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...Just a Minute...

by Jacqueline Sewall Golden

Edition 17

Ive been out of the hands-on raising of children for quite some time now so I've not kept up with the latest in clothing fads, eating trends, the newest drugs, the most clever angles to stay out of jail.  I have been made aware of how manufacturers and their various watchdog groups are trying their damnedest to keep things safe for the little, and not-so-little tykes.  Cribs with ill spaced side slats, car seats that dont stay put, toys that can come apart and choke the little sweetie into silence, all can be subject to very expensive recalls.

     The world is a dangerous place.  People die. Are hurt, maimed, and yes,  you can be poisoned by a dirty strawberry.  Instead of making everything so safe, so clean, so pure, so healthy, why not teach taking care?  Kids are not so dumb they cant figure out that a four thousand pound speeding auto can do something really nasty to their little sixty pound bodies.  Instead of trying to make everything accident proof, why not go to a little trouble and teach responsibility.  That would be too hard and might take too much time.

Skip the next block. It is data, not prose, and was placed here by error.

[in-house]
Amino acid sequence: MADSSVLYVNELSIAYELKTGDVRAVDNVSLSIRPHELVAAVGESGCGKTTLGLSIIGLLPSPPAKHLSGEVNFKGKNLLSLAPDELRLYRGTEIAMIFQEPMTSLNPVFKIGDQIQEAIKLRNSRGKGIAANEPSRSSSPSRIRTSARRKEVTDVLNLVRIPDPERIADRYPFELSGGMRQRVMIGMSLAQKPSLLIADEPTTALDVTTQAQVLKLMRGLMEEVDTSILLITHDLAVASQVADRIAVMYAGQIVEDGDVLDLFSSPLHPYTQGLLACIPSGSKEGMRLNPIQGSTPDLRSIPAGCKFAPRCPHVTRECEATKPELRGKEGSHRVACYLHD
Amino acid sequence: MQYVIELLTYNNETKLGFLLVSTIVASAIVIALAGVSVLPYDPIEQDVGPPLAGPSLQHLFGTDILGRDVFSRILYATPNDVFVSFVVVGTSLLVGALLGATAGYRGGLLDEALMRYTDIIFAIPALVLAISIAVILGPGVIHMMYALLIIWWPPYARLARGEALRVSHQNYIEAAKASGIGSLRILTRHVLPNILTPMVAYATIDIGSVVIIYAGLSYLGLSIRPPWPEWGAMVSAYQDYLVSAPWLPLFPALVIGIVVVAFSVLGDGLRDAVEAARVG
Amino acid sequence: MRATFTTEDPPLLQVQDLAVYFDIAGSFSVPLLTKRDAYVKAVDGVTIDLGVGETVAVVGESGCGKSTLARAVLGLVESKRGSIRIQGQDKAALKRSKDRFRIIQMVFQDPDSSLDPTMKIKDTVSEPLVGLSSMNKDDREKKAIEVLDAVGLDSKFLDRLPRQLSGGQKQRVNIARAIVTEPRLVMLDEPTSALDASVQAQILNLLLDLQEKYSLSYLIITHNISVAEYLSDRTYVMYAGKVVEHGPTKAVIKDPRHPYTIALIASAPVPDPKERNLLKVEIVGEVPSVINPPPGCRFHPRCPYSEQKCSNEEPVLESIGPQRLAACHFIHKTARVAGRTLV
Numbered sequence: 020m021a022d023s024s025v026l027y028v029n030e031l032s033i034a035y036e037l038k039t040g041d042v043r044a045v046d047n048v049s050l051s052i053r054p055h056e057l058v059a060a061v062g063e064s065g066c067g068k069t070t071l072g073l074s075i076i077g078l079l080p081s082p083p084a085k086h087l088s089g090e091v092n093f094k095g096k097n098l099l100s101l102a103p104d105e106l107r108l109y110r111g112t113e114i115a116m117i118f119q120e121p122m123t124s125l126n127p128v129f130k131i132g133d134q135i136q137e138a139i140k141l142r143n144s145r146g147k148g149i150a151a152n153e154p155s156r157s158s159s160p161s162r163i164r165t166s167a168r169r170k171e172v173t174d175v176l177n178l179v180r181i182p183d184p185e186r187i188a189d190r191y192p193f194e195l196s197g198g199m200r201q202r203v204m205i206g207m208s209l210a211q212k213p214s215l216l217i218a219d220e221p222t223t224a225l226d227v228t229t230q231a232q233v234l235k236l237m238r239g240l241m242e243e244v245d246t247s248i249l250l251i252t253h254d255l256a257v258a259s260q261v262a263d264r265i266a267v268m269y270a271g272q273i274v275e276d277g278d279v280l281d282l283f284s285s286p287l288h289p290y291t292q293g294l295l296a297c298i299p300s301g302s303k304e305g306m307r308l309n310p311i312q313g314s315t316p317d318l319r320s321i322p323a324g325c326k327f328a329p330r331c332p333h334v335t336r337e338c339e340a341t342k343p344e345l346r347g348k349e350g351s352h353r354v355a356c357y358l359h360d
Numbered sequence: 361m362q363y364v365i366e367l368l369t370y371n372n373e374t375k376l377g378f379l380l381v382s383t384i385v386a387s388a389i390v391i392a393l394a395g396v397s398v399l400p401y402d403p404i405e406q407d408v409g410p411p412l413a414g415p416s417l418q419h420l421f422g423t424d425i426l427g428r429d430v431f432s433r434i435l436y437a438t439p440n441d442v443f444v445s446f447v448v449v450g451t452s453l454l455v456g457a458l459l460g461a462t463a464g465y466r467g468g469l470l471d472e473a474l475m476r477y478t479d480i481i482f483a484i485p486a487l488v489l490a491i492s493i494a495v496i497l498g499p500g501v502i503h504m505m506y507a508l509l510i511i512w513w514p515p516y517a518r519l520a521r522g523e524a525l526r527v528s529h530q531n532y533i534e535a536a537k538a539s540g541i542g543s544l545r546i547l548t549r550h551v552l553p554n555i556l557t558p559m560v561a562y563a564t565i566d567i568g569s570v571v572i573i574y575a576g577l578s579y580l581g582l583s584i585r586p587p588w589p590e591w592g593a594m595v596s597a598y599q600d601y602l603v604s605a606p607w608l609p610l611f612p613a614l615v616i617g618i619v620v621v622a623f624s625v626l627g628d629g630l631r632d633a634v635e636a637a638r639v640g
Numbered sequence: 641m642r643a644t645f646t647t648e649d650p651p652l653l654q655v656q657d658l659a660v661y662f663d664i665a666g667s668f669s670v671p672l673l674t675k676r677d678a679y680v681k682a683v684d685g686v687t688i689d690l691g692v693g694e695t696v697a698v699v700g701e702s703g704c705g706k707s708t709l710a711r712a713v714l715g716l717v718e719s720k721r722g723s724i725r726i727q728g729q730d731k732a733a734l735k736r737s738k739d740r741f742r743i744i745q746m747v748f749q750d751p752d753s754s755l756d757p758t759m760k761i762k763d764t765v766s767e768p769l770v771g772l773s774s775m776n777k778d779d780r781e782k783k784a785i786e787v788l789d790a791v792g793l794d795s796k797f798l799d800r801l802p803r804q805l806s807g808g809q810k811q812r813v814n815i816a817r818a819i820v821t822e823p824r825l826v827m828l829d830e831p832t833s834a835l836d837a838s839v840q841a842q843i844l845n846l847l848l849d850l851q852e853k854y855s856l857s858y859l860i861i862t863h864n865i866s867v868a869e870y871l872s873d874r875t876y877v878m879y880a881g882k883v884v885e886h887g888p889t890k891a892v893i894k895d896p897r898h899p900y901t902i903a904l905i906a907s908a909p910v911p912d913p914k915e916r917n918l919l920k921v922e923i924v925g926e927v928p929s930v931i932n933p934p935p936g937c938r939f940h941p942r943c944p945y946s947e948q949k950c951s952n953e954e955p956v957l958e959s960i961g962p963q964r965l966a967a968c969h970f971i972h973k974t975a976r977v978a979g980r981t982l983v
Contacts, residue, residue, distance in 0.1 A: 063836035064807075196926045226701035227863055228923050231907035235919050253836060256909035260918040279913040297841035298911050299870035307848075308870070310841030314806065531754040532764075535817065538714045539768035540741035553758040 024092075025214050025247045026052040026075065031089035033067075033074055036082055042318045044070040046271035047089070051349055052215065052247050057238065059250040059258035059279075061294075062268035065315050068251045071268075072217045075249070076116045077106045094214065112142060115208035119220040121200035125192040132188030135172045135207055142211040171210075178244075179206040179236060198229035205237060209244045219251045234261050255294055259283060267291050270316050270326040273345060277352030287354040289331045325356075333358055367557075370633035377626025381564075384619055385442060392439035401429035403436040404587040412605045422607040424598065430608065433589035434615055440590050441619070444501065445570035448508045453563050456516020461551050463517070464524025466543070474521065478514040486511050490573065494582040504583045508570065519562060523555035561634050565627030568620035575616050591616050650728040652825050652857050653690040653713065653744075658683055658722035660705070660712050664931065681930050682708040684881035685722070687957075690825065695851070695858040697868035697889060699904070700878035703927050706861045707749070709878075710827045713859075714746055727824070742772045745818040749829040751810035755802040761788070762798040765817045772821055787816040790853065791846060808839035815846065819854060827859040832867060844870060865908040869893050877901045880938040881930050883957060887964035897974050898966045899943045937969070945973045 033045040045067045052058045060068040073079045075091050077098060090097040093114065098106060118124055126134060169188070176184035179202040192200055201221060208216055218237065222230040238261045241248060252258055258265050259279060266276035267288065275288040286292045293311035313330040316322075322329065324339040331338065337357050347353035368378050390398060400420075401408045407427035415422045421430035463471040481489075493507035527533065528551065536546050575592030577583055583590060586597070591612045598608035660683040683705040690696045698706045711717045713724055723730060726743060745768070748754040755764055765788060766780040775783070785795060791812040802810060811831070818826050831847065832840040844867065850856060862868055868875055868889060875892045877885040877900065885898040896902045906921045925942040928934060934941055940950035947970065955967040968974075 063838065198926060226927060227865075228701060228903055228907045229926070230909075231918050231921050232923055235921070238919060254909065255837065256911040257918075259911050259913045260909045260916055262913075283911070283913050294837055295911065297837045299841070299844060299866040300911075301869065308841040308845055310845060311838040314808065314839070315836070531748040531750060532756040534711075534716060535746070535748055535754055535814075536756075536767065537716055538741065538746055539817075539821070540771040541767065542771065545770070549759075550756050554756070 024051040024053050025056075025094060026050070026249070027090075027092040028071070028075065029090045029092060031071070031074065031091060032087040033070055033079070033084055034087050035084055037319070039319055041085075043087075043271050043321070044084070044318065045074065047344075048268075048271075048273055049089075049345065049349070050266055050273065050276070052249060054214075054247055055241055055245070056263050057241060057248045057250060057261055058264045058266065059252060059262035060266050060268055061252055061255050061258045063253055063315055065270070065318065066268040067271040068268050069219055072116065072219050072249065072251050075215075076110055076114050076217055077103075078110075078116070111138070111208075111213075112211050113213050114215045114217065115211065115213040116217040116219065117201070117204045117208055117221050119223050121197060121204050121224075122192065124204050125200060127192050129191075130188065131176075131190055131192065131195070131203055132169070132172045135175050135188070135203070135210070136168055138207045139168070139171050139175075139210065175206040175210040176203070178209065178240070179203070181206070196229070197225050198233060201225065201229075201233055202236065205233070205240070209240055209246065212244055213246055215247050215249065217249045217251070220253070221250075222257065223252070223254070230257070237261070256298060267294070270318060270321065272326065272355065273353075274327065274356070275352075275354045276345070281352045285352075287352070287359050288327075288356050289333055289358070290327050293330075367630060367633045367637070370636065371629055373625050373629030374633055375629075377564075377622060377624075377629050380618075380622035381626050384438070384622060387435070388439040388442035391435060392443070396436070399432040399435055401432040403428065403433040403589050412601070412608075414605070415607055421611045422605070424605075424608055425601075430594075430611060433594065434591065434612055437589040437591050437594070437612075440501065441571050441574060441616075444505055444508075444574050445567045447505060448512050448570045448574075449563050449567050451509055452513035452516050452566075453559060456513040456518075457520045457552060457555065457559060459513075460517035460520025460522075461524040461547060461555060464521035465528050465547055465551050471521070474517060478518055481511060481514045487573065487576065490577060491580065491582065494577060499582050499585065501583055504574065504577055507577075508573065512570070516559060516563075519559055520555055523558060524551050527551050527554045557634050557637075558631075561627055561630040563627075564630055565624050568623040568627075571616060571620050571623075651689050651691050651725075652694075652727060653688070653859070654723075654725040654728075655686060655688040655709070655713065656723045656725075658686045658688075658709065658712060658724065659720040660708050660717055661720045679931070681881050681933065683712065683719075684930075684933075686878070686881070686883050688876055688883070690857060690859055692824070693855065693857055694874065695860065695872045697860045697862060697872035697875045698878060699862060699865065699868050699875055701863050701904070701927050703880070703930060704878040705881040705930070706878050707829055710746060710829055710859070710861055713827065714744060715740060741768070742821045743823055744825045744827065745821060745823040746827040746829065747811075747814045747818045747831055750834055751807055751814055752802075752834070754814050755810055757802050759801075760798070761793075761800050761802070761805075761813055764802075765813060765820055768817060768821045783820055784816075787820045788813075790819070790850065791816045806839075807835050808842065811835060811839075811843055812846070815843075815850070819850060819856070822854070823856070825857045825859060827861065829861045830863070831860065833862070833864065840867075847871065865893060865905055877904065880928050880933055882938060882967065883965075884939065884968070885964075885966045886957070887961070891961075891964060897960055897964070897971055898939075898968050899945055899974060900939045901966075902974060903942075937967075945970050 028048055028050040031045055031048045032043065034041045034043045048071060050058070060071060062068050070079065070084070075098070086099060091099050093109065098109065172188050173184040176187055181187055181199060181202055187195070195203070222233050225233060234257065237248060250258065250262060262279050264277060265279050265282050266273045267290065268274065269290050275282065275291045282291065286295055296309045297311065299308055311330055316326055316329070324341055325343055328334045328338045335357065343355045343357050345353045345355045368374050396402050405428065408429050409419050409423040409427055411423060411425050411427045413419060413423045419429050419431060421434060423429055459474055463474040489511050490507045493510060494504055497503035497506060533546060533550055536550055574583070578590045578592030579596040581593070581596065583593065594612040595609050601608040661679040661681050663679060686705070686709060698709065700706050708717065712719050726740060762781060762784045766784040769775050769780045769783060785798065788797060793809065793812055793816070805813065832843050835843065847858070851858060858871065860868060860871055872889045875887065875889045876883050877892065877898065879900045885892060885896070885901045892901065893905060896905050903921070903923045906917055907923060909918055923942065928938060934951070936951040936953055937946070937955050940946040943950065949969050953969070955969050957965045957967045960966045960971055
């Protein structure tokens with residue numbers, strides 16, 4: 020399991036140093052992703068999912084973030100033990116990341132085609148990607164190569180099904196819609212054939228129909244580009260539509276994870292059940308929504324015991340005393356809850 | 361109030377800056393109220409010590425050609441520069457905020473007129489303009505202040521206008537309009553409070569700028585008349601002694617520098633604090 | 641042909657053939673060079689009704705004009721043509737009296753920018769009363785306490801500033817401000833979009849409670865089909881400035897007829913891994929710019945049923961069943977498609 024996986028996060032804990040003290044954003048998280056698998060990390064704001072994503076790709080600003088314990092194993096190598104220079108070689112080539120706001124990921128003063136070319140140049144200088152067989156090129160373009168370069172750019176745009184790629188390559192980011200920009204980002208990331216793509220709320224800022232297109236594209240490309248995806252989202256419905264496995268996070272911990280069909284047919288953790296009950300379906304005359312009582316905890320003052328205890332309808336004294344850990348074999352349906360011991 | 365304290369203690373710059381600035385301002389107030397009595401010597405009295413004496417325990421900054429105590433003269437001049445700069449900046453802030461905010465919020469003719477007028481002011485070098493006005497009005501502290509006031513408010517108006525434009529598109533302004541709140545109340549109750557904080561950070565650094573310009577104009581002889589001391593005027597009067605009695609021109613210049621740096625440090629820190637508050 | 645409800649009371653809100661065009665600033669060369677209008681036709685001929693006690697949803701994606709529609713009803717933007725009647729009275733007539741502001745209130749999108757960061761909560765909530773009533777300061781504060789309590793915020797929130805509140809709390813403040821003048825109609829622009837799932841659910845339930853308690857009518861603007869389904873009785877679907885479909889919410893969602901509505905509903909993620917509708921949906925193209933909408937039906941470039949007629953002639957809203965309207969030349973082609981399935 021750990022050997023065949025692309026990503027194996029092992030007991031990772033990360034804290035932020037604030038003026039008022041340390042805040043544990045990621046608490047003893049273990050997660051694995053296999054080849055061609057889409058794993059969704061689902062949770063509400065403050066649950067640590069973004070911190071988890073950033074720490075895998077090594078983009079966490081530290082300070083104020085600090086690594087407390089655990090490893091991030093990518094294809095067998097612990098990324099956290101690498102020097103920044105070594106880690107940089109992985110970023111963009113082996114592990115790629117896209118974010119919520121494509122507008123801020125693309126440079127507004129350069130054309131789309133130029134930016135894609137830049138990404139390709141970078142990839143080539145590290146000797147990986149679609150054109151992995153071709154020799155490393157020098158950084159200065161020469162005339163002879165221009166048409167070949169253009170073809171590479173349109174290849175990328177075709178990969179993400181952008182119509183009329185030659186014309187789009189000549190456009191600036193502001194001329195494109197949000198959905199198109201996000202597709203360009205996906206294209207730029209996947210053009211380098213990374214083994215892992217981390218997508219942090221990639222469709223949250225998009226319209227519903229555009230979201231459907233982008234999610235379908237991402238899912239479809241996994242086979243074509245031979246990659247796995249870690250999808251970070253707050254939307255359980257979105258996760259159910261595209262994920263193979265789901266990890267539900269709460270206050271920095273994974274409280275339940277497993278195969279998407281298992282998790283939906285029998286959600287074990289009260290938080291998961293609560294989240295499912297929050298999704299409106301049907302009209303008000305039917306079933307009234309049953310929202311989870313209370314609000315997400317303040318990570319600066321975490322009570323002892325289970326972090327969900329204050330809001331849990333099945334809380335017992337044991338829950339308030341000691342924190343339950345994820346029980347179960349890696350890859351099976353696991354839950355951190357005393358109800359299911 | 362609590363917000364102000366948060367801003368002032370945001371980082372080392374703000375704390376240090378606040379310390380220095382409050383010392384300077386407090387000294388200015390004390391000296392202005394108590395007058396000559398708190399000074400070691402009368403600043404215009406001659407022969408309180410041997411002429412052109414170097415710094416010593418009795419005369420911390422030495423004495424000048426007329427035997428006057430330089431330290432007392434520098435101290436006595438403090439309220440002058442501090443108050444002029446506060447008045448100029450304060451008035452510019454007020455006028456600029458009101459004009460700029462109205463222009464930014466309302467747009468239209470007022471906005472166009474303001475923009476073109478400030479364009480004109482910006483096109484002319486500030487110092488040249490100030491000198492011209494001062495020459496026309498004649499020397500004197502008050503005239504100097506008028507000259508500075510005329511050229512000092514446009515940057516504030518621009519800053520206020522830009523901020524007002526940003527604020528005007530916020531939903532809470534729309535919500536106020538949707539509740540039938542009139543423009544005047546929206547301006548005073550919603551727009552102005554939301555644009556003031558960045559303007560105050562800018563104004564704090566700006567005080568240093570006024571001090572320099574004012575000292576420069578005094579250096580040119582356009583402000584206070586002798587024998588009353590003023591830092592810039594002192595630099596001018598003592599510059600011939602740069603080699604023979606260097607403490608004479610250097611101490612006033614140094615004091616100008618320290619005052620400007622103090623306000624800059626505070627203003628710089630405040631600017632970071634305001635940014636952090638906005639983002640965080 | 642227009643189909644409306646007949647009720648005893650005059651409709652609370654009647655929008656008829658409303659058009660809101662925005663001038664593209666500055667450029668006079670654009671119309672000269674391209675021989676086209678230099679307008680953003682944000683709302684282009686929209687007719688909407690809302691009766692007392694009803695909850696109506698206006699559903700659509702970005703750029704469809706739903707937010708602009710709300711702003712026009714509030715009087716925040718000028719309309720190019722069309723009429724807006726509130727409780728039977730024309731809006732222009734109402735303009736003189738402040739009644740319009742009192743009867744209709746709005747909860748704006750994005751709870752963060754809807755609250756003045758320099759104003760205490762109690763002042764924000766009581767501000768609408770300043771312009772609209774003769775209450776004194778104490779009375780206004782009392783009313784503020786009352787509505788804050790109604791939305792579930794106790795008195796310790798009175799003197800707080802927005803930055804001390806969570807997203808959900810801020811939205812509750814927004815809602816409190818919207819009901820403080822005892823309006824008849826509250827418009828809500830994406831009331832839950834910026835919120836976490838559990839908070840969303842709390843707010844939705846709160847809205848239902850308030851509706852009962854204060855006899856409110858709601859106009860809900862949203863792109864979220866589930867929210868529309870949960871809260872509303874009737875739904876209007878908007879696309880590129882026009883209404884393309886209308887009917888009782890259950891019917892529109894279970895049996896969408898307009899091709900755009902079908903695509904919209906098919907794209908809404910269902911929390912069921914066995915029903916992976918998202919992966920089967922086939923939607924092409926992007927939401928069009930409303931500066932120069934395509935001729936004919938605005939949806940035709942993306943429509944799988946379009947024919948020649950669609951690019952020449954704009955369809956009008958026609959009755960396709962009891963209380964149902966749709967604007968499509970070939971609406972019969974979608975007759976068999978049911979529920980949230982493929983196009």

Beyond cotton wrapping these precious little ones, we now have to save them from becoming deprived.  Kid birthday party giving is now a competitive sport.  There is pressure on the parents to perform, to produce, to outdo and most of all, to rescue their indifferent little six year old from feeling badly.  So something very expensive, called goody bags, little bundles of toys and treats, are given to children at birthday parties so that they will not feel deprived merely because it is, technically speaking, not their birthday.  Oh, bother.  These parents were obviously those who were chosen last in a ball game and never got over it.

      It is also interesting that the gift of choice these days is money.  Cash on the barrel head.  No need to exercise judgment and observation to determine what Ryan or Tiffany might actually want.  Slip him/her a twenty dollar bill.  As Jon Carroll* says, the good thing about a $20 bill is that you always know exactly how much it costs.



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